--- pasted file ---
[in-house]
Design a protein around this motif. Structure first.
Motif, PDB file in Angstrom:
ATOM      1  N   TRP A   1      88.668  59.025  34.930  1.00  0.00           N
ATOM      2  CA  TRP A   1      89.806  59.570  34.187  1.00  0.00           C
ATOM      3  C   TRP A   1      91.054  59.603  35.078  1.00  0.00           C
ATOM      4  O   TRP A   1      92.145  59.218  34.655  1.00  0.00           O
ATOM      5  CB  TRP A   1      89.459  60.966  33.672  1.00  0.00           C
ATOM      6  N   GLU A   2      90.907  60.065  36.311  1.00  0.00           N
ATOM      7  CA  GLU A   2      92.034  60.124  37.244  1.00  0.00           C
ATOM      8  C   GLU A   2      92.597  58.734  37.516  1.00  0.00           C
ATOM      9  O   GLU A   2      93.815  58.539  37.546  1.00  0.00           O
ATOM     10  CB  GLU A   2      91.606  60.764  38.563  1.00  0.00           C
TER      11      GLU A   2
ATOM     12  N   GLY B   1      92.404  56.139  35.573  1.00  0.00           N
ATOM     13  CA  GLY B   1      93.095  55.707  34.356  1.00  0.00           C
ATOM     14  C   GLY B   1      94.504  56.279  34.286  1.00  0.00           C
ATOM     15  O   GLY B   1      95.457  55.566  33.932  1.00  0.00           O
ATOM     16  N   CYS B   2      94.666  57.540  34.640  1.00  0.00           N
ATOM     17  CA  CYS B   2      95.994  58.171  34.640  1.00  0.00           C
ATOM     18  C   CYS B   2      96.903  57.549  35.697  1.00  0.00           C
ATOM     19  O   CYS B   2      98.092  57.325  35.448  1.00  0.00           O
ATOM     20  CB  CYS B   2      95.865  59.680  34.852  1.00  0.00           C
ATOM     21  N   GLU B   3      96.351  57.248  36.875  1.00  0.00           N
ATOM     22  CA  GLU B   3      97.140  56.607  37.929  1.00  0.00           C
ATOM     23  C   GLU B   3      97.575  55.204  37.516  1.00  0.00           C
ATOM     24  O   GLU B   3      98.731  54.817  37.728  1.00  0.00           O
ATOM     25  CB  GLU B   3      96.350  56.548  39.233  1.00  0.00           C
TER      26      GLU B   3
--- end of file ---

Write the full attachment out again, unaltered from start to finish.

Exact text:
[in-house]
Design a protein around this motif. Structure first.
Motif, PDB file in Angstrom:
ATOM      1  N   TRP A   1      88.668  59.025  34.930  1.00  0.00           N
ATOM      2  CA  TRP A   1      89.806  59.570  34.187  1.00  0.00           C
ATOM      3  C   TRP A   1      91.054  59.603  35.078  1.00  0.00           C
ATOM      4  O   TRP A   1      92.145  59.218  34.655  1.00  0.00           O
ATOM      5  CB  TRP A   1      89.459  60.966  33.672  1.00  0.00           C
ATOM      6  N   GLU A   2      90.907  60.065  36.311  1.00  0.00           N
ATOM      7  CA  GLU A   2      92.034  60.124  37.244  1.00  0.00           C
ATOM      8  C   GLU A   2      92.597  58.734  37.516  1.00  0.00           C
ATOM      9  O   GLU A   2      93.815  58.539  37.546  1.00  0.00           O
ATOM     10  CB  GLU A   2      91.606  60.764  38.563  1.00  0.00           C
TER      11      GLU A   2
ATOM     12  N   GLY B   1      92.404  56.139  35.573  1.00  0.00           N
ATOM     13  CA  GLY B   1      93.095  55.707  34.356  1.00  0.00           C
ATOM     14  C   GLY B   1      94.504  56.279  34.286  1.00  0.00           C
ATOM     15  O   GLY B   1      95.457  55.566  33.932  1.00  0.00           O
ATOM     16  N   CYS B   2      94.666  57.540  34.640  1.00  0.00           N
ATOM     17  CA  CYS B   2      95.994  58.171  34.640  1.00  0.00           C
ATOM     18  C   CYS B   2      96.903  57.549  35.697  1.00  0.00           C
ATOM     19  O   CYS B   2      98.092  57.325  35.448  1.00  0.00           O
ATOM     20  CB  CYS B   2      95.865  59.680  34.852  1.00  0.00           C
ATOM     21  N   GLU B   3      96.351  57.248  36.875  1.00  0.00           N
ATOM     22  CA  GLU B   3      97.140  56.607  37.929  1.00  0.00           C
ATOM     23  C   GLU B   3      97.575  55.204  37.516  1.00  0.00           C
ATOM     24  O   GLU B   3      98.731  54.817  37.728  1.00  0.00           O
ATOM     25  CB  GLU B   3      96.350  56.548  39.233  1.00  0.00           C
TER      26      GLU B   3